As palate cleansers go, this may be the closest to literal that we’ll get. The Discovery Channel promoted its prime-time “Eaten Alive” special for weeks, with naturalist Paul Rosalie making appearance after appearance to explain exactly how he made himself into an anaconda antipasti. Instead of getting eaten, though, Rosalie ended up just getting tasted and squeezed a bit before he asked for a rescue.
If Rosalie didn’t get eaten on the show, he and Discovery got eaten alive by the Internet after the letdown:
It seemed like dinner was served as the snake began to wrap him up, and at one point Rosalie thought his arm was going to break. But in the end there was no meal to be had as his team rushed in to free him before he was eaten.
“I had very labored breathing which was spiking my heart rate even more because that was stressful,” he explained to Discovery.
But viewers on social media exploded, some upset no one was really eaten alive.
“2 hours of my life I can’t get back and Paul didn’t even get eaten alive,” one Twitter user wrote.
“This dude’s a quitter,” another said.
Others compared it to the letdown of Geraldo Rivera’s 1986 special where he opened Al Capone’s secret vault, only to find empty bottles and dirt.
PETA also called the “Eaten Alive” show a shameful stunt for ratings.
The Today show crew wasn’t terribly impressed, either. “Was he actually eaten alive,” host Matt Lauer asks, “or just cuddled really tightly?” Rosalie had made a promotional appearance on the show last week, but the Today cast heaped a little scorn on the ridiculous build-up and the inevitable letdown:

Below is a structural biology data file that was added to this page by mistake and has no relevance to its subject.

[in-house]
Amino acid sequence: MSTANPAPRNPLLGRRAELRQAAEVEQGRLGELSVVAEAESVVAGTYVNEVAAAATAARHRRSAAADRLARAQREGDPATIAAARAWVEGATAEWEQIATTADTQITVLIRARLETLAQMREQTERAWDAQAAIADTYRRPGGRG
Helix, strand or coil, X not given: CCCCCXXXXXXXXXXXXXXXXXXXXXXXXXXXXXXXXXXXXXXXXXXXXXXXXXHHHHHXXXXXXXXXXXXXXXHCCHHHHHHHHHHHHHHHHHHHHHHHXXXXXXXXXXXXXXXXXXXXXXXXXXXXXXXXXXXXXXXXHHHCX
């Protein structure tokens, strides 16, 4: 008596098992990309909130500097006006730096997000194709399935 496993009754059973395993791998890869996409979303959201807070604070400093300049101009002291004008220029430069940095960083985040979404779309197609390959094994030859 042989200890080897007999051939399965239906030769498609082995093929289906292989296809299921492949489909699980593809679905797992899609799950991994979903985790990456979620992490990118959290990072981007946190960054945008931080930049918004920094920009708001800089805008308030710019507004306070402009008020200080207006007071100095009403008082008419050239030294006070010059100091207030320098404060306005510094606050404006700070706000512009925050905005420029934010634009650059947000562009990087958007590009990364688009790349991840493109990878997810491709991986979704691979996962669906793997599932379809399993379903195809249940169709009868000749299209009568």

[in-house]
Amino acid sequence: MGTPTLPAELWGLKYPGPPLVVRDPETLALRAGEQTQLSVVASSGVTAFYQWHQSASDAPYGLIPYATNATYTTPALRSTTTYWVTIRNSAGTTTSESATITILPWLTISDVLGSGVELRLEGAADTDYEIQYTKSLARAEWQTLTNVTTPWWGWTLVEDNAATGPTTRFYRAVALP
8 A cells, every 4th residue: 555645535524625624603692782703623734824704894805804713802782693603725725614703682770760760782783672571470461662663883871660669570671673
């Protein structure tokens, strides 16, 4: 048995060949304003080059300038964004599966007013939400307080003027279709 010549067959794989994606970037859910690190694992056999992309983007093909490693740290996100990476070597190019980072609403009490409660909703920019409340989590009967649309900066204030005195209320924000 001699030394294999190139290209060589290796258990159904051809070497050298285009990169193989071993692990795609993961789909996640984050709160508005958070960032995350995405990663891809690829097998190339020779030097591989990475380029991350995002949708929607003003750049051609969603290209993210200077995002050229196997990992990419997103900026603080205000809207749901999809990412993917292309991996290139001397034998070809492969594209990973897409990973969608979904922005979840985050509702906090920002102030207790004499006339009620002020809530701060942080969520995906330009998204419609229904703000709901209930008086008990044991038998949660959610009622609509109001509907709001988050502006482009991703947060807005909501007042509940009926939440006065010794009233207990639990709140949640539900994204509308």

Maybe the show should have been called “Rolling Around in the Mud Alive,” “Constricted Alive” or “Made to Feel Really Uncomfortable … Alive!”
By the end of the two-hour event, one thing was clear: Rosolie, outfitted in a compression suit covered in a generous coating of pig blood, did convince the anaconda to go after him — but he was by no means eaten, alive or otherwise.
Our colleagues at Twitchy are having a pretty good time with “Hugged Alive,” too. There are comparisons to Geraldo Rivera’s stunt with the Al Capone vault in 1986 too, but there is one key difference. Rivera did that broadcast live. He got embarrassed when it came up empty, but Rivera’s promotion of that event all preceded the flop of an ending. Rosalie and Discovery had already taped this stunt when it promoted the “Eaten Alive” stunt, with Rosalie making it sound as though the snake had at least started to swallow him. They didn’t quite lie, but they certainly didn’t tell the truth either, especially when titling the event Eaten Alive when that clearly didn’t happen.
This sets a new standard for stunt broadcasting. Discovery and Rosalie jumped the Geraldo here, and perhaps suggests a new phrase. If media outlets buy another dud like this, we can say that they “swallowed the anaconda.”
If you’re too young to know about Rivera’s special on Al Capone’s vault — aired only once, for obvious reasons — feel free to spend 93 minutes waiting for the worst payoff in television history. Until last night, that is.